Whitney Noble has had the same problem since her kids were small. When she asks Ryan and Lindsay, now 12 and 15, to help out — put away the school bag, take out the garbage — they say, “Sure.” But too often, the Thornhill, Ont., mom ends up doing the dirty work herself. What gives?
“It’s always ‘Oops, I forgot!’ or ‘I’ll do it later!’ or, most infuriating, ‘It wasn’t my mess!’” says Noble, who claims her kids have always suffered from the magic fairy syndrome. “They figure the fairy (me!) will do their jobs if they don’t!” It’s a frustration we all can relate to — yet it’s important to keep calm while encouraging kids to follow through with age-appropriate household tasks. Here are some helpful strategies:
“Never take on their jobs, no matter how tempting it is to pick that underwear off the floor,” says Jo-Anne Cutler, a family communications specialist in Toronto. Kids are conditioned to “forget” to follow through, she says, because you’ve taught them that if they do nothing, you’ll throw up your hands and come to the rescue.
No more. Sit your kids down and explain that you need and value their help in the household, whether it’s wiping the counter or unpacking lunch bags. Then tell them you are turning in your fairy wand. The hardest part, Cutler says, is sticking to your guns — even if sometimes a cup hangs out on the coffee table for three days straight.
What drives Noble crazy, though, is not so much the cup but the fact that her kids aren’t respecting her authority. “The problem is that kids respond more to Mom’s or Dad’s angry energy than to the demand,” Cutler explains. That’s why, to avoid a power struggle, you have to stay calm, no matter what.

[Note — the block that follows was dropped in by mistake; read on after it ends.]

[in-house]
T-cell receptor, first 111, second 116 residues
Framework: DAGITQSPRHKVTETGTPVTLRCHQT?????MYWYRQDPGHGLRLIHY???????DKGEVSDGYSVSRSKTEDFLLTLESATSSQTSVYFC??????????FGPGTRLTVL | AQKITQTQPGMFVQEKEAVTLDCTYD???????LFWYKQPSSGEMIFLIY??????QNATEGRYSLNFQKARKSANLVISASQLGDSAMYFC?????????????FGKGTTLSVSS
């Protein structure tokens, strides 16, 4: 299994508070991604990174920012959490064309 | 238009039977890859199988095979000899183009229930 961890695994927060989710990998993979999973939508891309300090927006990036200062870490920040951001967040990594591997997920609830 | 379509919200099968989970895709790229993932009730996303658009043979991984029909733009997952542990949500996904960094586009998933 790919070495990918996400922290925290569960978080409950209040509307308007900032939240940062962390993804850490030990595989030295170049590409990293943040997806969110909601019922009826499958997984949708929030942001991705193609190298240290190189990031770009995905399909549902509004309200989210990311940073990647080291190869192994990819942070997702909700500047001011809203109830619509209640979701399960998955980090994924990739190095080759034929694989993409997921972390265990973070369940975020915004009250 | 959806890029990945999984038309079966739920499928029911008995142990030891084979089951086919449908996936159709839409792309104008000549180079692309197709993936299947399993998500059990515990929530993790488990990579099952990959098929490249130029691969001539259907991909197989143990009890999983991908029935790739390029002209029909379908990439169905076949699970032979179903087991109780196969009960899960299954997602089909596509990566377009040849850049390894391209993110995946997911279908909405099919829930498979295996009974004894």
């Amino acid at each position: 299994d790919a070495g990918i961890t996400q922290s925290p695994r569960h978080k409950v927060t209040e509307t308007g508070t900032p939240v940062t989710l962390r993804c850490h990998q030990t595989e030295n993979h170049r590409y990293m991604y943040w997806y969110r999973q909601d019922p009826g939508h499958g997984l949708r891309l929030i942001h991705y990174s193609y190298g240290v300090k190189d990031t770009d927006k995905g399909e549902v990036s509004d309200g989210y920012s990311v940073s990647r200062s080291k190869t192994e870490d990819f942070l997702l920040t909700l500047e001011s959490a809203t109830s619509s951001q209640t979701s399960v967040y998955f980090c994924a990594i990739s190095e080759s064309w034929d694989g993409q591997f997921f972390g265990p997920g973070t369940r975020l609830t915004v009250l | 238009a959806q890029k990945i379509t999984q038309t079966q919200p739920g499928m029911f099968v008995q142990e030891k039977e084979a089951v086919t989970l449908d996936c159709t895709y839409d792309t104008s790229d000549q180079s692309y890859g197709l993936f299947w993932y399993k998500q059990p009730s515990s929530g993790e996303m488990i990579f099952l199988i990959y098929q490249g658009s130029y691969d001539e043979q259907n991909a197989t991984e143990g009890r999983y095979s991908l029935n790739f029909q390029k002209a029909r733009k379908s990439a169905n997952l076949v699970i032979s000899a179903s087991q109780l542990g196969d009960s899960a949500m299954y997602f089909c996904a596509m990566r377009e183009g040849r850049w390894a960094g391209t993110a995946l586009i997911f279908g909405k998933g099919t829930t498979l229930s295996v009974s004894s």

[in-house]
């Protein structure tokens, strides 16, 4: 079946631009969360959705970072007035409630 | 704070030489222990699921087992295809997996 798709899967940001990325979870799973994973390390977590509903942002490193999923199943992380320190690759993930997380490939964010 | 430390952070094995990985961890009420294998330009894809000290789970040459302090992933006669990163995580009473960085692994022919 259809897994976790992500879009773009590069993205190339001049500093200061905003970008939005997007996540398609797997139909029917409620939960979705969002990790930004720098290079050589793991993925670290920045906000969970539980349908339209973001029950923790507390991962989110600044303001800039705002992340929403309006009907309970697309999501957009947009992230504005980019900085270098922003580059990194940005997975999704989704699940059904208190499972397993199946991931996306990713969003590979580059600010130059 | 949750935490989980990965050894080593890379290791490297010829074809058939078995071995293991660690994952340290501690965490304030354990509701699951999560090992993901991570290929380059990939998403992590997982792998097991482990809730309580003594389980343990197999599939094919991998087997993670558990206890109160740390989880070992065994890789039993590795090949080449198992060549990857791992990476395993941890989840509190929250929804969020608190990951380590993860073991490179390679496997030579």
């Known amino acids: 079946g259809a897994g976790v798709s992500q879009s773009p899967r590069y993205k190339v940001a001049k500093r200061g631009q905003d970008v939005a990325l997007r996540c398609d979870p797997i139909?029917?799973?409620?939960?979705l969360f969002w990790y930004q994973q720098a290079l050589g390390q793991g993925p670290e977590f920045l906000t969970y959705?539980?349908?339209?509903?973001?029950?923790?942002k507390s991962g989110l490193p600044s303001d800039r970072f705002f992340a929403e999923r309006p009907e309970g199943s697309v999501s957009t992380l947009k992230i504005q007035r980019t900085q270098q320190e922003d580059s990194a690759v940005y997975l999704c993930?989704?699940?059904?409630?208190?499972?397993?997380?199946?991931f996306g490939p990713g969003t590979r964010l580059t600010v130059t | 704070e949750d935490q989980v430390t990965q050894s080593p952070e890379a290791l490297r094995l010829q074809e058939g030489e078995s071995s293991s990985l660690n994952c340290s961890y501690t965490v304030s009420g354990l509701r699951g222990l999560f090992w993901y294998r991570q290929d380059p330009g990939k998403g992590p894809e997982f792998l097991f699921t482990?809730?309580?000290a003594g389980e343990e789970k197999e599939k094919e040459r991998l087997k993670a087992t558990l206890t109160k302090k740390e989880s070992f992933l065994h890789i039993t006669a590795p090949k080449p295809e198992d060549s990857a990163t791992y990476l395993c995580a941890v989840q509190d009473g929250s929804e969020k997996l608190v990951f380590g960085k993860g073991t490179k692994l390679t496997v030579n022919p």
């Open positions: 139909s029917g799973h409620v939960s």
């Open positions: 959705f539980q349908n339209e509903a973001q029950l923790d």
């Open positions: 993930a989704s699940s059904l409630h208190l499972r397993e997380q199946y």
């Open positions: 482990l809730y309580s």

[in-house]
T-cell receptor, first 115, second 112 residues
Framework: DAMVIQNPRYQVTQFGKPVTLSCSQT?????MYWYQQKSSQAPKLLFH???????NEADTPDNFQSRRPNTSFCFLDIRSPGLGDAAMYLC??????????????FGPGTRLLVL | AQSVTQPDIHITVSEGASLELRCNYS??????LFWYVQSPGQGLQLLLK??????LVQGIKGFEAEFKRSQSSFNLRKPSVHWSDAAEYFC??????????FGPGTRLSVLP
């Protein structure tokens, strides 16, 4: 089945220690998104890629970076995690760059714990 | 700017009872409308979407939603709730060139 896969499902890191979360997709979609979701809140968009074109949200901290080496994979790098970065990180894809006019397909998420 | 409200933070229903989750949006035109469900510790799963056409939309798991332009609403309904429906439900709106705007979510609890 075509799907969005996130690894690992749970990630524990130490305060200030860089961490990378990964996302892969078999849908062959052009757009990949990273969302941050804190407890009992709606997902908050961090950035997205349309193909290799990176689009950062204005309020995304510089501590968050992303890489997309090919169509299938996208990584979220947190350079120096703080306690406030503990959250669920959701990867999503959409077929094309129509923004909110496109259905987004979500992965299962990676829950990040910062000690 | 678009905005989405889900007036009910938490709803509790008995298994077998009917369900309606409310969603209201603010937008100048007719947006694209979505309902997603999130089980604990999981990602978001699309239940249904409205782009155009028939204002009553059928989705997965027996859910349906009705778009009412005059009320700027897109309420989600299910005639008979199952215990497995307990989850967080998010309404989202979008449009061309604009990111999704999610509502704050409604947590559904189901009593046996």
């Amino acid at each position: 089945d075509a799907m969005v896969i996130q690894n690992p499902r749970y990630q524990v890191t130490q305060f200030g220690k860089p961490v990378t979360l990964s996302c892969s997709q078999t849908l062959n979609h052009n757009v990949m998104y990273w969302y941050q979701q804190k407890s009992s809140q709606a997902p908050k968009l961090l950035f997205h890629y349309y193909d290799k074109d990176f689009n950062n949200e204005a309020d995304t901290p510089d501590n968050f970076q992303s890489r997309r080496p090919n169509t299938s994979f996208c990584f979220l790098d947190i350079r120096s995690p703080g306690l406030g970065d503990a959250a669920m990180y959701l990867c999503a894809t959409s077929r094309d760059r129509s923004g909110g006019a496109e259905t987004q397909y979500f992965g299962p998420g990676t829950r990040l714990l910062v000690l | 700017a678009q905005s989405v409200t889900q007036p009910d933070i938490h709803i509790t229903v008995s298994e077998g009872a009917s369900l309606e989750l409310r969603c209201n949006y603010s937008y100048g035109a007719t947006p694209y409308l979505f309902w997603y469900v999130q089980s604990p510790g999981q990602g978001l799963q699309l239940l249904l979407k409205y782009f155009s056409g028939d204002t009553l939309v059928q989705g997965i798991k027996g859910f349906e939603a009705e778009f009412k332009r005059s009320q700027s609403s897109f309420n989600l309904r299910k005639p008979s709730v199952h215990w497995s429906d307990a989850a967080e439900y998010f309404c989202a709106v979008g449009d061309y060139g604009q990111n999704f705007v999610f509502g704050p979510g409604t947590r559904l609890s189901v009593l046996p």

Give your kids the chore, then add that there will be no dessert or Facebook until it’s done. But be careful not to let their responses push your buttons. “When kids don’t want to do something, they come off disgruntled — but you have to stay calm and clear,” Cutler says. “You can’t blow a gasket just because there are shoes in the hallway.”
The fact is that a child’s vision of cleanliness is different from yours, Cutler says. If Martha Stewart is your idol, you will find it difficult to understand how your daughter can feel at home in a sea of clothes on the floor. The key is to focus on those tasks that are a priority in your household, she says.
Your daughter’s bedroom is her domain, explains Cutler. “Close the door and, eventually, when she runs out of clothes, she’ll help with the laundry.” For the rest of the house — the shared space — let the kids choose chores from a list and assign deadlines. Whatever tasks they take on, expect that you’ll have to give reminders.
Reminding is part of the parenting job (that’s how habits are formed), but it’s how you remind that makes all the difference, Cutler points out. She’s a fan of replacing nagging with humour.
“Thank your son for moving the cup from the dinner table to the sink,” she says. “Then tell him that, sadly for him, the dishwasher fairy doesn’t live here anymore.”
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